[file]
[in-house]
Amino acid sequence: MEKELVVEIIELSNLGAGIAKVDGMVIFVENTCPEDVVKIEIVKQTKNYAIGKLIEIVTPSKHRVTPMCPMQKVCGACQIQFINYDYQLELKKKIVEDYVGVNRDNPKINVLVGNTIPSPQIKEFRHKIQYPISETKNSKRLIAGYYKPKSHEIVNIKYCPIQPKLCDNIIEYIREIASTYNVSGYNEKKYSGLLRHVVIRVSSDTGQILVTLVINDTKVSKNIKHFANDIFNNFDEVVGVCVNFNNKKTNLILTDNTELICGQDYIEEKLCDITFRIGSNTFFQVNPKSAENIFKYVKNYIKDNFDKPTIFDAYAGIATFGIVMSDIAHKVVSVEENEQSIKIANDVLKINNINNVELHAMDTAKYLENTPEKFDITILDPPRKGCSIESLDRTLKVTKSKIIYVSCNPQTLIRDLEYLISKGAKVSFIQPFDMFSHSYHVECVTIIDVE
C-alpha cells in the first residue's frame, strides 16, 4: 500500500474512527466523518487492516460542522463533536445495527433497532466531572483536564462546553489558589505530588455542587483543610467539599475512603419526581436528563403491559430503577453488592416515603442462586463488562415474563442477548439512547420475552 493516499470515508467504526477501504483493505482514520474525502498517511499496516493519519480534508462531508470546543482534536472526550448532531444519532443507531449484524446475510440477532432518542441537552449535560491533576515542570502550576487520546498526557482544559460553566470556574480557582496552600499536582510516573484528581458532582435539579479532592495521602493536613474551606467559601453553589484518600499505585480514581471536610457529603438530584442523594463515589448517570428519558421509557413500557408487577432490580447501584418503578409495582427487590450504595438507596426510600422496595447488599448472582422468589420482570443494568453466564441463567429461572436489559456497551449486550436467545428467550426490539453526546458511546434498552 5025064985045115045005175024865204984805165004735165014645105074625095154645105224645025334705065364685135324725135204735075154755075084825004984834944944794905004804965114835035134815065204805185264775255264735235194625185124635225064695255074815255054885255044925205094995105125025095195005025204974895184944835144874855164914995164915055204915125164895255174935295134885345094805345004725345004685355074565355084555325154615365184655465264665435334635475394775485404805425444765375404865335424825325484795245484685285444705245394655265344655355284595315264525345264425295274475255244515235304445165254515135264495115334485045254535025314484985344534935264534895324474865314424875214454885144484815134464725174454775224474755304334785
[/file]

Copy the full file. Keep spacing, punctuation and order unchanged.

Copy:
[in-house]
Amino acid sequence: MEKELVVEIIELSNLGAGIAKVDGMVIFVENTCPEDVVKIEIVKQTKNYAIGKLIEIVTPSKHRVTPMCPMQKVCGACQIQFINYDYQLELKKKIVEDYVGVNRDNPKINVLVGNTIPSPQIKEFRHKIQYPISETKNSKRLIAGYYKPKSHEIVNIKYCPIQPKLCDNIIEYIREIASTYNVSGYNEKKYSGLLRHVVIRVSSDTGQILVTLVINDTKVSKNIKHFANDIFNNFDEVVGVCVNFNNKKTNLILTDNTELICGQDYIEEKLCDITFRIGSNTFFQVNPKSAENIFKYVKNYIKDNFDKPTIFDAYAGIATFGIVMSDIAHKVVSVEENEQSIKIANDVLKINNINNVELHAMDTAKYLENTPEKFDITILDPPRKGCSIESLDRTLKVTKSKIIYVSCNPQTLIRDLEYLISKGAKVSFIQPFDMFSHSYHVECVTIIDVE
C-alpha cells in the first residue's frame, strides 16, 4: 500500500474512527466523518487492516460542522463533536445495527433497532466531572483536564462546553489558589505530588455542587483543610467539599475512603419526581436528563403491559430503577453488592416515603442462586463488562415474563442477548439512547420475552 493516499470515508467504526477501504483493505482514520474525502498517511499496516493519519480534508462531508470546543482534536472526550448532531444519532443507531449484524446475510440477532432518542441537552449535560491533576515542570502550576487520546498526557482544559460553566470556574480557582496552600499536582510516573484528581458532582435539579479532592495521602493536613474551606467559601453553589484518600499505585480514581471536610457529603438530584442523594463515589448517570428519558421509557413500557408487577432490580447501584418503578409495582427487590450504595438507596426510600422496595447488599448472582422468589420482570443494568453466564441463567429461572436489559456497551449486550436467545428467550426490539453526546458511546434498552 5025064985045115045005175024865204984805165004735165014645105074625095154645105224645025334705065364685135324725135204735075154755075084825004984834944944794905004804965114835035134815065204805185264775255264735235194625185124635225064695255074815255054885255044925205094995105125025095195005025204974895184944835144874855164914995164915055204915125164895255174935295134885345094805345004725345004685355074565355084555325154615365184655465264665435334635475394775485404805425444765375404865335424825325484795245484685285444705245394655265344655355284595315264525345264425295274475255244515235304445165254515135264495115334485045254535025314484985344534935264534895324474865314424875214454885144484815134464725174454775224474755304334785